Looking at the scoring charts from 2018’s midway point shows 11 midfielders had reached four goals with those combining for a total of 65 goals.

The returns to the league of Patrick McEleney and Chris Forrester were expected to bring flair, but fitness worries have restricted them to just one goal and no assists combined.

Shooting has reduced in a big way. Games in 2018 had an average of 21.5 shots per game. Only 18.7 are being fired this year. If you don't shoot, you don't score.

The average among the big five leagues in Europe is 24.3 per game while the Scottish league had 20.2 last year. So the figure here is very low.

Some of that may be attributed to a UCD team who value possession but don’t take many shots.

They are bottom of the league but sit third for time on the ball. 

However they take more shots than Sligo Rovers and only slightly trail Finn Harps.

Has improved defending been the cause of less goals?

This is subjective but there is not a lot of evidence to indicate it being the case. While better defending may be a factor you would expect an improved defence to be preventing goals from set-pieces as well as open play.

Bohs' defence has been transformed going from conceding 1.25 goals per game to just 0.55 (which was as low as 0.29 four games ago) and already surpassing their clean sheet total by three (8 to 11).

It took an incredible 16 games for someone to score against them from open play and that required the league’s best team, Dundalk. The goal they scored, as with the other from open play by St Pat’s, came from quality crossing rather than teams breaking through the heart of their defence.

Their personnel gives no obvious reason for improvement. Three of last year’s back four returned (Pender, Cornwall and Leahy) along with midfield protector Keith Buckley. There has also been no managerial change to bring about an increased emphasis on a tight defence.

The losses of goalkeeper Shane Supple (voted best in the league in 2018) and Dan Casey to Cork City would actually have pointed towards a drop in defensive performance.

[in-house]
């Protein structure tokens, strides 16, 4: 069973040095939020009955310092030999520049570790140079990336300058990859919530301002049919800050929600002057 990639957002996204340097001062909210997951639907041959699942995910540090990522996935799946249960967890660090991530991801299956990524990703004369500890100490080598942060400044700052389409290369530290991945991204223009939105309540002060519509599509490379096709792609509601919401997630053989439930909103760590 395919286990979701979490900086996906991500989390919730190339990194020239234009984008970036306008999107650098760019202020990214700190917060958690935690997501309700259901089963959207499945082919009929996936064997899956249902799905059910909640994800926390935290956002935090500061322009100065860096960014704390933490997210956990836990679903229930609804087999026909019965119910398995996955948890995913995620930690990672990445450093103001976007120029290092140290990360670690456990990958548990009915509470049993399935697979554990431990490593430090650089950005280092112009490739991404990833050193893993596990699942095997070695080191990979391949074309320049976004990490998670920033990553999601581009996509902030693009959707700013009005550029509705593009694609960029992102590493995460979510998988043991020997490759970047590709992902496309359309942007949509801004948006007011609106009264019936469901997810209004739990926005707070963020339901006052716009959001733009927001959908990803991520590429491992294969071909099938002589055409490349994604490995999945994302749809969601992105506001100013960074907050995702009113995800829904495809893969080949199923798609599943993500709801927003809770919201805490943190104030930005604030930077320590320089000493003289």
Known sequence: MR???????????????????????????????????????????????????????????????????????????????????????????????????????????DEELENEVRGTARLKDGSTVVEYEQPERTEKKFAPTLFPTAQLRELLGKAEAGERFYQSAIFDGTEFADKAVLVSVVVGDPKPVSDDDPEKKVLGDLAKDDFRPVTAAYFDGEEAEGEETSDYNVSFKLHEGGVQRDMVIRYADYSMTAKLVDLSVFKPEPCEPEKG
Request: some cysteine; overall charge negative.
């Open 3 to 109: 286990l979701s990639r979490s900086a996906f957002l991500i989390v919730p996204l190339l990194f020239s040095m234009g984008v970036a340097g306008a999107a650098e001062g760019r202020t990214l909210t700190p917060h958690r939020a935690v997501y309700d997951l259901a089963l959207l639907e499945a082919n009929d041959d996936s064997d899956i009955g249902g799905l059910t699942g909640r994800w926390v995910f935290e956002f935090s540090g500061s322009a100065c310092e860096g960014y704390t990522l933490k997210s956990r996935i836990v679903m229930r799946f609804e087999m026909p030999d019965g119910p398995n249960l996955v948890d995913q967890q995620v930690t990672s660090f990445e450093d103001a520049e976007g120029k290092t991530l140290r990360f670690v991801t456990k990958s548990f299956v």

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The overall reduction in goals at Bohs games is the most pronounced. Games not involving them average 2.45 goals. That’s not back to levels of previous years, but a big jump from the totals including them.

Dundalk and Shamrock Rovers have improved on already stern defences without any major changes in line-up. New Pat’s manager Harry Kenny’s three-at-the-back defence (with again similar faces to 2018) may be contributing to their improvement. However his last year in the league at Bray Wanderers saw only two relegated teams concede more.

The improvement of Derry City with seven fewer goals from this stage last year is possibly more predictable.

Kenny Shiels had an emphasis on offence while Declan Devine in his previous spell managed them to the fifth fewest goals conceded in 2012 and 2013.

Not spectacular but it equates to where they are now. He has also made changes to the squad with Ciaran Coll, Ally Gilchrist, Patrick McClean and Peter Cherrie joining.

The lack of goals and shots does not appear to be impacting attendances, in the short-term at least. If may be an indicator of a tighter and more competitive league with fewer easy wins.

We wrote last year about the signs pointing to a less egalitarian Premier Division.

It would be a strong indication of a move back towards parity if, as currently stands, two of last year’s teams to qualify for Europe do not return.

Season 2018 also brought very little to be decided late in the season, such was the gaps between different levels of teams.

Although the top two and bottom two currently have a lot of distance to their nearest competitors, the middle six teams appear quite tight.

Just seven points separates fourth to eighth currently. This was 14 points one year ago.

A more competitive league may be worth the price of fewer balls hitting the back of the net.